z5746
<5746> Grammar
Tense - Present (See G5774)
Voice - Passive (See G5786)
Mood - Participle (See G5796)
Count - 360
from among 1537
{1537} Prime
ἐκ
ek
{ek}
A primary preposition denoting origin (the point whence motion or action proceeds), from, out (of place, time or cause; literally or figuratively; direct or remote).
men 444
{0444} Prime
ἄνθρωπος
anthropos
{anth'-ro-pos}
From G0435 and ὤψ [[ops]] (the countenance; from G3700); manfaced, that is, a human being.
is ordained 2525
{2525} Prime
καθίστημι
kathistemi
{kath-is'-tay-mee}
From G2596 and G2476; to place down (permanently), that is, (figuratively) to designate, constitute, convoy.
z5743
<5743> Grammar
Tense - Present (See G5774)
Voice - Passive (See G5786)
Mood - Indicative (See G5791)
Count - 271
for 5228
{5228} Prime
ὑπέρ
huper
{hoop-er'}
A primary preposition; 'over', that is, (with the genitive case) of place, above, beyond, across, or causal, for the sake of, instead, regarding; with the accusative case superior to, more than. In compounds it retains many of the listed applications.
men 444
{0444} Prime
ἄνθρωπος
anthropos
{anth'-ro-pos}
From G0435 and ὤψ [[ops]] (the countenance; from G3700); manfaced, that is, a human being.
in things x3588
(3588) Complement

ho
{ho}
The masculine, feminine (second) and neuter (third) forms, in all their inflections; the definite article; the (sometimes to be supplied, at others omitted, in English idiom).
[pertaining] to 4314
{4314} Prime
πρός
pros
{pros}
A strengthened form of G4253; a preposition of direction; forward to, that is, toward (with the genitive case the side of, that is, pertaining to; with the dative case by the side of, that is, near to; usually with the accusative case the place, time, occasion, or respect, which is the destination of the relation, that is, whither or for which it is predicated).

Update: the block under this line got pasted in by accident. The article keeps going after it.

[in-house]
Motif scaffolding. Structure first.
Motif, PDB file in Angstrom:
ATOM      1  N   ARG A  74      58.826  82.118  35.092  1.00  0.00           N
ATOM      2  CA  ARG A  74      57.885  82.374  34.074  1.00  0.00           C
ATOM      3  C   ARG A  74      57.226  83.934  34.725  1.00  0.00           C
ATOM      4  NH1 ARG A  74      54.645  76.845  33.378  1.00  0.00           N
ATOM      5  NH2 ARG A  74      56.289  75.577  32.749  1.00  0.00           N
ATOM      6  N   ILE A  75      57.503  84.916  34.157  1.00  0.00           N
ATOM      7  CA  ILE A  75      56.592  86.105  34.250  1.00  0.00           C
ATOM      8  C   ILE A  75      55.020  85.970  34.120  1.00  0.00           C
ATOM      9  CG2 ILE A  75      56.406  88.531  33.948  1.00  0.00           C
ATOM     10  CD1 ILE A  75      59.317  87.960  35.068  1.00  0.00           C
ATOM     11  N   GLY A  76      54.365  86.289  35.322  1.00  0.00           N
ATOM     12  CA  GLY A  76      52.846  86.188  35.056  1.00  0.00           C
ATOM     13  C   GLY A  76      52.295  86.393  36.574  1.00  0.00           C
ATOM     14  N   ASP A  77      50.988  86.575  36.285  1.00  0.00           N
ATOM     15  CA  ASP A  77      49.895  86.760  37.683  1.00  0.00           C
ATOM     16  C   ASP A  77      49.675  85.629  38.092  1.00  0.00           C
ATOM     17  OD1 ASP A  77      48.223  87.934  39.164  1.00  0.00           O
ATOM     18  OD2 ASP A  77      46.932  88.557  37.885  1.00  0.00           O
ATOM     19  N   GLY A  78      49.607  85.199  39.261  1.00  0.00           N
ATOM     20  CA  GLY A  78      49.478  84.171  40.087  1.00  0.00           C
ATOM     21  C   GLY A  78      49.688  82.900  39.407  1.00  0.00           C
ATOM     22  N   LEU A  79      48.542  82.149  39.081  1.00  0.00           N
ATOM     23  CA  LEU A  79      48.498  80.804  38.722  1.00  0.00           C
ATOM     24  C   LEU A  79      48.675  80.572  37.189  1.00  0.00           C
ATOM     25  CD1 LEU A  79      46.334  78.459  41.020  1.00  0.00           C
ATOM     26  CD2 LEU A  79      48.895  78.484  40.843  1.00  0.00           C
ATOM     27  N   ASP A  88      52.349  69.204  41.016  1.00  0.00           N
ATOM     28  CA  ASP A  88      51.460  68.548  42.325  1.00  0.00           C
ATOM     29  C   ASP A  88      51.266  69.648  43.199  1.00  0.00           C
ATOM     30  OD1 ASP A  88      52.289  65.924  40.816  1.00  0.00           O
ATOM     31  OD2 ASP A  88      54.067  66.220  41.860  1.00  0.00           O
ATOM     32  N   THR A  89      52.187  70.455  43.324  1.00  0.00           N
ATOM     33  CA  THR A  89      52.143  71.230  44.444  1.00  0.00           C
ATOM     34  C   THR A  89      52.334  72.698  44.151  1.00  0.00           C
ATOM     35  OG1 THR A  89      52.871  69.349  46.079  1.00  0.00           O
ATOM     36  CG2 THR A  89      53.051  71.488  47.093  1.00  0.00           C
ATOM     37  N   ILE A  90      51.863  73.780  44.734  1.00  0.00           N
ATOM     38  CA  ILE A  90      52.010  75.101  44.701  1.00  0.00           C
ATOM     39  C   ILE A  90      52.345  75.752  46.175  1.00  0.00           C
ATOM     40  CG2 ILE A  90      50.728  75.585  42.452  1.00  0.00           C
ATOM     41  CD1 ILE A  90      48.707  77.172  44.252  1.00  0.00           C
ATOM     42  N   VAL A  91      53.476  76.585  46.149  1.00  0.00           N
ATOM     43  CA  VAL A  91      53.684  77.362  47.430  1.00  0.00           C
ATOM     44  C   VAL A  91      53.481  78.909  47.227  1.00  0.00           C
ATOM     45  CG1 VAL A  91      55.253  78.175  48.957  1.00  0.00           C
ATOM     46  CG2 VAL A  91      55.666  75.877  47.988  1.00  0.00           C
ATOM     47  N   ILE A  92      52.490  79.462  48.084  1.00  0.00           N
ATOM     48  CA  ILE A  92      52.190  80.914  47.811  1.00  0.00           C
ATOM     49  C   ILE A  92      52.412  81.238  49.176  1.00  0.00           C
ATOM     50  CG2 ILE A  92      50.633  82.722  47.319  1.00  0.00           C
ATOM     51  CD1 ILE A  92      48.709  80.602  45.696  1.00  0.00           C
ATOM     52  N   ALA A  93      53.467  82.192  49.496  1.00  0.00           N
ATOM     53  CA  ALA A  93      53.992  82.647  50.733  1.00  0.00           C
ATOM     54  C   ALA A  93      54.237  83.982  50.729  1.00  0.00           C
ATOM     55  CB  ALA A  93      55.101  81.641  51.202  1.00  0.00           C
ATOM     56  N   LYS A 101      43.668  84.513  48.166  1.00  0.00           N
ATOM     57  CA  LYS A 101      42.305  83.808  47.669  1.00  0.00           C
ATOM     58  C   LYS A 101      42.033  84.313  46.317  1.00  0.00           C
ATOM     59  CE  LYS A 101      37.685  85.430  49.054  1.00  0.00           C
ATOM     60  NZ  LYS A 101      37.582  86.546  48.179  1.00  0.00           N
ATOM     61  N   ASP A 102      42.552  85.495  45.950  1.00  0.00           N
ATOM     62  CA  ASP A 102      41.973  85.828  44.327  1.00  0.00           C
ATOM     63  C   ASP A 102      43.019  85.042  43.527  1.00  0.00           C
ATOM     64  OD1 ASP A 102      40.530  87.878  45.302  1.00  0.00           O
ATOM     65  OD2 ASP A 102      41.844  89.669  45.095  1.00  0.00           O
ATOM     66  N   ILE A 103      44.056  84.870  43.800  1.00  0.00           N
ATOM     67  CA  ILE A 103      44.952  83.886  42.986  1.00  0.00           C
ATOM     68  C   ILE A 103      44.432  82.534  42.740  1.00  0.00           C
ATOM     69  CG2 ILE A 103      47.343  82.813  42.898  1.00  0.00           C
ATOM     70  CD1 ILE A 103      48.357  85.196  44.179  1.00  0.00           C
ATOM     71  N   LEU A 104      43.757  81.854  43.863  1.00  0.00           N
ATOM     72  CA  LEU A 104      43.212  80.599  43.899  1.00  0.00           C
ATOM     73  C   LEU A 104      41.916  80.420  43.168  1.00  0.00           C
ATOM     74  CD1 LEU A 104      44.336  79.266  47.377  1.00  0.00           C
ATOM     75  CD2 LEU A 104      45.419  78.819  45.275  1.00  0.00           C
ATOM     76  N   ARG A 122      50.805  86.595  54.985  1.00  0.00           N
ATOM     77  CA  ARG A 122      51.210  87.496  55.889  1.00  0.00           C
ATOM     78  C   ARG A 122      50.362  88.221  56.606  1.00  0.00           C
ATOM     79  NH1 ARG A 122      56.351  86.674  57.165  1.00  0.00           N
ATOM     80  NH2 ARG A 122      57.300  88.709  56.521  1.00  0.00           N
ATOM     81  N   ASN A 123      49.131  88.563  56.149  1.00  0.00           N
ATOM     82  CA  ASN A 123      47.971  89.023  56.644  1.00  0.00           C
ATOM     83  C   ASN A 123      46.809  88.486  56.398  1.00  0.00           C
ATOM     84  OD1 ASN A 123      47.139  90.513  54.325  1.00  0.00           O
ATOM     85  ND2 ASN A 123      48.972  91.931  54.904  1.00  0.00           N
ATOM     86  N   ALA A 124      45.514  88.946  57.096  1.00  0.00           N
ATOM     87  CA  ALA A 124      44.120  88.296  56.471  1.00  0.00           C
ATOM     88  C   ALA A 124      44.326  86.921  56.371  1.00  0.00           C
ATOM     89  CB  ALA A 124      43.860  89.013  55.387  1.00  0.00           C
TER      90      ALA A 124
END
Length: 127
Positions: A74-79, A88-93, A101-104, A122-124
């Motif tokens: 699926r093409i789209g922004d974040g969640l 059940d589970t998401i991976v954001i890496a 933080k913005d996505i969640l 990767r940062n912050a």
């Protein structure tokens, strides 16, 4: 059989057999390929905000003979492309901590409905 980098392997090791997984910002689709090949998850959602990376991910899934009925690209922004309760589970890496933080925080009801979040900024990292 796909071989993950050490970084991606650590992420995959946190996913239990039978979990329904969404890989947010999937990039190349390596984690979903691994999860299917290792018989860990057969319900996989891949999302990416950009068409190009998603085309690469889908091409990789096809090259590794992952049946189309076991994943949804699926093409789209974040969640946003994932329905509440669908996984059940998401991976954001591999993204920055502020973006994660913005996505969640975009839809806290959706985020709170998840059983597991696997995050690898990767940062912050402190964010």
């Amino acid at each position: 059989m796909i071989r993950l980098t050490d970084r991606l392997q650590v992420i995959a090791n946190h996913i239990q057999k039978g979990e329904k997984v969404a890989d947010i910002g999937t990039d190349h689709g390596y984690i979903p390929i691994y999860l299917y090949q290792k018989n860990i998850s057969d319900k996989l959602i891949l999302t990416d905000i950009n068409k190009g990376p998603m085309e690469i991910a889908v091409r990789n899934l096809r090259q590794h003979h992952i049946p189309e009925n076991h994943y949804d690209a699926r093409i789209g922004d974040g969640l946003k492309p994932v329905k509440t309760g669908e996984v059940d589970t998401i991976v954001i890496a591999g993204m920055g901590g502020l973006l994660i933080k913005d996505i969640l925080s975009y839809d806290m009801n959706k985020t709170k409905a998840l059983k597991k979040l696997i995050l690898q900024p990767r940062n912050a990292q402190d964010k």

God, 2316
{2316} Prime
θεός
theos
{theh'-os}
Of uncertain affinity; a deity, especially (with G3588) the supreme Divinity; figuratively a magistrate; by Hebraism very.
that 2443
{2443} Prime
ἵνα
hina
{hin'-ah}
Probably from the same as the former part of G1438 (through the demonstrative idea; compare G3588); in order that (denoting the purpose or the result).
he may offer 4374
{4374} Prime
προσφέρω
prosphero
{pros-fer'-o}
From G4314 and G5342 (including its alternate); to bear towards, that is, lead to, tender (especially to God), treat.
z5725
<5725> Grammar
Tense - Present (See G5774)
Voice - Active (See G5784)
Mood - Subjunctive (See G5792)
Count - 352
both 5037
{5037} Prime
τέ
te
{teh}
A primary particle (enclitic) of connection or addition; both or also (properly as a correlation of G2532).
gifts 1435
{1435} Prime
δῶρον
doron
{do'-ron}
A present; specifically a sacrifice.
and 2532
{2532} Prime
καί
kai
{kahee}
Apparently a primary particle, having a copulative and sometimes also a cumulative force; and, also, even, so, then, too, etc.; often used in connection (or composition) with other particles or small words.
sacrifices 2378
{2378} Prime
θυσία
thusia
{thoo-see'-ah}
From G2380; sacrifice (the act or the victim, literally or figuratively).
for 5228
{5228} Prime